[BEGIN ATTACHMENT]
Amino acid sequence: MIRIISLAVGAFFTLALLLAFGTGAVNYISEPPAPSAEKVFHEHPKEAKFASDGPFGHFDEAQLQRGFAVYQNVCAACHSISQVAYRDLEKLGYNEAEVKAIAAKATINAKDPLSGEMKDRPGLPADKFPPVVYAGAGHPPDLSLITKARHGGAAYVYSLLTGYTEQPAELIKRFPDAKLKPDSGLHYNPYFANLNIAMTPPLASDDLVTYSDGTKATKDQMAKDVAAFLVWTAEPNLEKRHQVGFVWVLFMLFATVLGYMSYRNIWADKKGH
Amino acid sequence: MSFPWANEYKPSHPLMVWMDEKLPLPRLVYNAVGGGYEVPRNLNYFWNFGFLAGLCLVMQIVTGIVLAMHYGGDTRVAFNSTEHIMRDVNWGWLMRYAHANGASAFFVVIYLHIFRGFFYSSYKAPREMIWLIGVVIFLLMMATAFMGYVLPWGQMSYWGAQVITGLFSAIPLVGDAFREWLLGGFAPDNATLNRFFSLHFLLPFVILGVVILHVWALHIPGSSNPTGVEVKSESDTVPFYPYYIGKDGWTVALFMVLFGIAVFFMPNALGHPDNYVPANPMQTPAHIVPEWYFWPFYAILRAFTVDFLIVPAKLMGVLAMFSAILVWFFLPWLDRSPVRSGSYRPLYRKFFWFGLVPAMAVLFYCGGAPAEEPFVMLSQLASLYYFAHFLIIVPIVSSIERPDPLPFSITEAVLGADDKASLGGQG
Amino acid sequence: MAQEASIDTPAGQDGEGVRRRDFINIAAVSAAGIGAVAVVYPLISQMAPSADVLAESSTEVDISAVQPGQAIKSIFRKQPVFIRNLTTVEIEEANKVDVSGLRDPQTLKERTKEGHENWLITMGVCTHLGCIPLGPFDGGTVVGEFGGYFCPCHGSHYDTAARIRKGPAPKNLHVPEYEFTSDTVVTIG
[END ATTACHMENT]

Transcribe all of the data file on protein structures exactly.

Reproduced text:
Amino acid sequence: MIRIISLAVGAFFTLALLLAFGTGAVNYISEPPAPSAEKVFHEHPKEAKFASDGPFGHFDEAQLQRGFAVYQNVCAACHSISQVAYRDLEKLGYNEAEVKAIAAKATINAKDPLSGEMKDRPGLPADKFPPVVYAGAGHPPDLSLITKARHGGAAYVYSLLTGYTEQPAELIKRFPDAKLKPDSGLHYNPYFANLNIAMTPPLASDDLVTYSDGTKATKDQMAKDVAAFLVWTAEPNLEKRHQVGFVWVLFMLFATVLGYMSYRNIWADKKGH
Amino acid sequence: MSFPWANEYKPSHPLMVWMDEKLPLPRLVYNAVGGGYEVPRNLNYFWNFGFLAGLCLVMQIVTGIVLAMHYGGDTRVAFNSTEHIMRDVNWGWLMRYAHANGASAFFVVIYLHIFRGFFYSSYKAPREMIWLIGVVIFLLMMATAFMGYVLPWGQMSYWGAQVITGLFSAIPLVGDAFREWLLGGFAPDNATLNRFFSLHFLLPFVILGVVILHVWALHIPGSSNPTGVEVKSESDTVPFYPYYIGKDGWTVALFMVLFGIAVFFMPNALGHPDNYVPANPMQTPAHIVPEWYFWPFYAILRAFTVDFLIVPAKLMGVLAMFSAILVWFFLPWLDRSPVRSGSYRPLYRKFFWFGLVPAMAVLFYCGGAPAEEPFVMLSQLASLYYFAHFLIIVPIVSSIERPDPLPFSITEAVLGADDKASLGGQG
Amino acid sequence: MAQEASIDTPAGQDGEGVRRRDFINIAAVSAAGIGAVAVVYPLISQMAPSADVLAESSTEVDISAVQPGQAIKSIFRKQPVFIRNLTTVEIEEANKVDVSGLRDPQTLKERTKEGHENWLITMGVCTHLGCIPLGPFDGGTVVGEFGGYFCPCHGSHYDTAARIRKGPAPKNLHVPEYEFTSDTVVTIG